The enzyme that brings about damage and death of nerve cells in stroke patients has been identified by a Dutch-German medical research team.
The enzyme NOX4 produces hydrogen peroxide, a caustic molecule also used in bleaching agents. Inhibition of NOX4 by an experimental new drug in mice with stroke dramatically reduces brain damage and preserves brain functions, even when given hours after the stroke.
Stroke researcher, Christoph Kleinschnitz, from University of Wurzburg, Germany, explains "Ischemic stroke is the second leading cause of death worldwide. Today, only one approved therapy exists. The effectiveness of this therapy is rather moderate, and, importantly, it can only be used in about 10pc of patients; the other 90pc are excluded due to contraindications."
"Thus, there is a huge medical need for better stroke therapies. One such candidate mechanism is oxidative stress. However, approaches to apply antioxidants have failed in clinical stroke trials. This study proposes an entirely new strategy by inhibiting the relevant source of hydrogen peroxide and preventing its formation," Kleinschnitz added.
Importantly, elimination of the NOX4 gene in mice did not result in any abnormalities and therefore no obvious side-effects are to be expected from a future NOX4 inhibitor drug.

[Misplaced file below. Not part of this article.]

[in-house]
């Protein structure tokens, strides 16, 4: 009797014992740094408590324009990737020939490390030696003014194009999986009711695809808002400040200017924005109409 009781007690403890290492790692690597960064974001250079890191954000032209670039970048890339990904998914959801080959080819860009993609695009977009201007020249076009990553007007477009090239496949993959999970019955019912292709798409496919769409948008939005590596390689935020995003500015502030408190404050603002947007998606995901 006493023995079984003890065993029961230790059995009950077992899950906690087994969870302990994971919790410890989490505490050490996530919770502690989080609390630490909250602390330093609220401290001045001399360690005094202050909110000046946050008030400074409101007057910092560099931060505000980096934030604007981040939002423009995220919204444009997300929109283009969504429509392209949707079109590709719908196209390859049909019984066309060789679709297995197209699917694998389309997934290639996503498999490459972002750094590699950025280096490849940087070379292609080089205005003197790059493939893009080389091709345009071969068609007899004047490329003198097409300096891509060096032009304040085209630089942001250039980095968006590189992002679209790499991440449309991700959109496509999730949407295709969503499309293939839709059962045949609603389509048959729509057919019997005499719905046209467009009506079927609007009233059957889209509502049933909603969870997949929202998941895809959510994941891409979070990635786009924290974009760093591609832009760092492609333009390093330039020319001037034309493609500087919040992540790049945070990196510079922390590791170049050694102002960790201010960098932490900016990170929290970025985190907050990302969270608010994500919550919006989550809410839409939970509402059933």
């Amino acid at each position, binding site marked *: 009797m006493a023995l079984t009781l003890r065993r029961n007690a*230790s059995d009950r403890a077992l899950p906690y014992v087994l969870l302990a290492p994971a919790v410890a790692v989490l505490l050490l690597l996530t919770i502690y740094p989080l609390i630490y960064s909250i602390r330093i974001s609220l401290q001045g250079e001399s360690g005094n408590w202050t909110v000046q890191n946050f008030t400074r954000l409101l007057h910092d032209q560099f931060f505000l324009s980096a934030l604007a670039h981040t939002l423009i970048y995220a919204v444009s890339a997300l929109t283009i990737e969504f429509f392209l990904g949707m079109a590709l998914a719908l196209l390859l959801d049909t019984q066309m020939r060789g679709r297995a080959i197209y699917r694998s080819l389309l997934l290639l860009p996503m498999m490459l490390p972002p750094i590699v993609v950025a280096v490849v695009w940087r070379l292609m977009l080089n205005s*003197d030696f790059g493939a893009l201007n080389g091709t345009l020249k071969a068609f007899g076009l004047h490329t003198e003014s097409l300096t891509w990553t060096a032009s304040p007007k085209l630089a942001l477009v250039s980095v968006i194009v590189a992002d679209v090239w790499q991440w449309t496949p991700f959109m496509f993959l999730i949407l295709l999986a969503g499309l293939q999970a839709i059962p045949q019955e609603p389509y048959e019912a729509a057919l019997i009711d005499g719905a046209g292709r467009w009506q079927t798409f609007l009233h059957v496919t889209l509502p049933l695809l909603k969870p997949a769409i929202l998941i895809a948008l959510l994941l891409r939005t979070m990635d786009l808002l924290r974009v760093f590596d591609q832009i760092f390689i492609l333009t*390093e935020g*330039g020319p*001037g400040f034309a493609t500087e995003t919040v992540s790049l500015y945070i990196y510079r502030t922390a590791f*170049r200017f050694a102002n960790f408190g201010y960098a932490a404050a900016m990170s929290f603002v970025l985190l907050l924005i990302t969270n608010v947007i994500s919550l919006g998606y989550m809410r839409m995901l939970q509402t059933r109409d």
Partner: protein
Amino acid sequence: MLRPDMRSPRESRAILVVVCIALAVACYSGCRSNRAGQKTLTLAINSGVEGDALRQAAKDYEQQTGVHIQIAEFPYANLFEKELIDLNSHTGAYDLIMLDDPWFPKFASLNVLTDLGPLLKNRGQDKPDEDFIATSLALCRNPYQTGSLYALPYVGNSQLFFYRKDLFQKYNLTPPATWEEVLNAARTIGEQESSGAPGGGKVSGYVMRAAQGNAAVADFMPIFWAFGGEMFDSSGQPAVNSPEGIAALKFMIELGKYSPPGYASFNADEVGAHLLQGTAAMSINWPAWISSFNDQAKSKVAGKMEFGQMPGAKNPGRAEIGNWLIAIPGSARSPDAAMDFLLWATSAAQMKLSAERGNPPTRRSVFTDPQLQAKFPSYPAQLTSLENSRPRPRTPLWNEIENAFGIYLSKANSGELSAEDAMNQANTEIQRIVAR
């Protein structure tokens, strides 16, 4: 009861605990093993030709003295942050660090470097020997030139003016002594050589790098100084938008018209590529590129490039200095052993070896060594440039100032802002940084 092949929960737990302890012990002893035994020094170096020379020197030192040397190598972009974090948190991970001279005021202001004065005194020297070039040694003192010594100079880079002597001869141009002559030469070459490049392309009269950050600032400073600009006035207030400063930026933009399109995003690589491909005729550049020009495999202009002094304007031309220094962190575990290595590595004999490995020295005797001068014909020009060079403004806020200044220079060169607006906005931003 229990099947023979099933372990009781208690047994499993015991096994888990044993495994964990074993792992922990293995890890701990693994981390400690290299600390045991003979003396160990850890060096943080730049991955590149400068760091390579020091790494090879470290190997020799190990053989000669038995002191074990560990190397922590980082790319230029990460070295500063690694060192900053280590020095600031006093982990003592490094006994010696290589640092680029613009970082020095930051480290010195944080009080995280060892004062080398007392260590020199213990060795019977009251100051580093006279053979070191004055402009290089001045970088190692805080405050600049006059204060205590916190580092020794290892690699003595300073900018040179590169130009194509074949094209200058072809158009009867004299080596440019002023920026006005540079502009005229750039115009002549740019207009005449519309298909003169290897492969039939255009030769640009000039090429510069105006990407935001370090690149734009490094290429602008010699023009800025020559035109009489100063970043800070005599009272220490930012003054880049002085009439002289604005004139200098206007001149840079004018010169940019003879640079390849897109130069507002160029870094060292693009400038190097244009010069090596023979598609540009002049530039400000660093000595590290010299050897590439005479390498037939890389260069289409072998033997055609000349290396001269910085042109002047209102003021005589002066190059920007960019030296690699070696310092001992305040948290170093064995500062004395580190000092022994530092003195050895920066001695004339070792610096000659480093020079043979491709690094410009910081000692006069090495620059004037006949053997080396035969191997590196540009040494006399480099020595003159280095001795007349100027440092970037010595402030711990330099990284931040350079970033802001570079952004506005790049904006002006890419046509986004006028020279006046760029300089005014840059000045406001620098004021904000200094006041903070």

This could be demonstrated with the detailed systemic phenotyping analysis by the team of the German Mouse Clinic at the Helmholtz Zentrum M|nchen, Germany.
The identification of NOX4 as an enzyme with a key role in killing nerve cells after a stroke in mice makes NOX4 inhibition currently the most promising new therapeutic approach in this often deadly or disabling disease in humans.
Harald Schmidt from Maastricht University, Netherlands, suspects that the findings "may have implications for other disease states in which hydrogen peroxide or related oxygen radicals are suspected to play a major role but where antioxidant or vitamin therapies have failed. Inhibiting now the source of hydrogen peroxide or oxygen radicals may represent the long-sought solution to treating also heart attacks, heart failure, cancer, and other forms of nerve cell degeneration such as in Parkinson's or Alzheimer's disease."
These findings will be published next week in the online, open access journal PLoS Biology.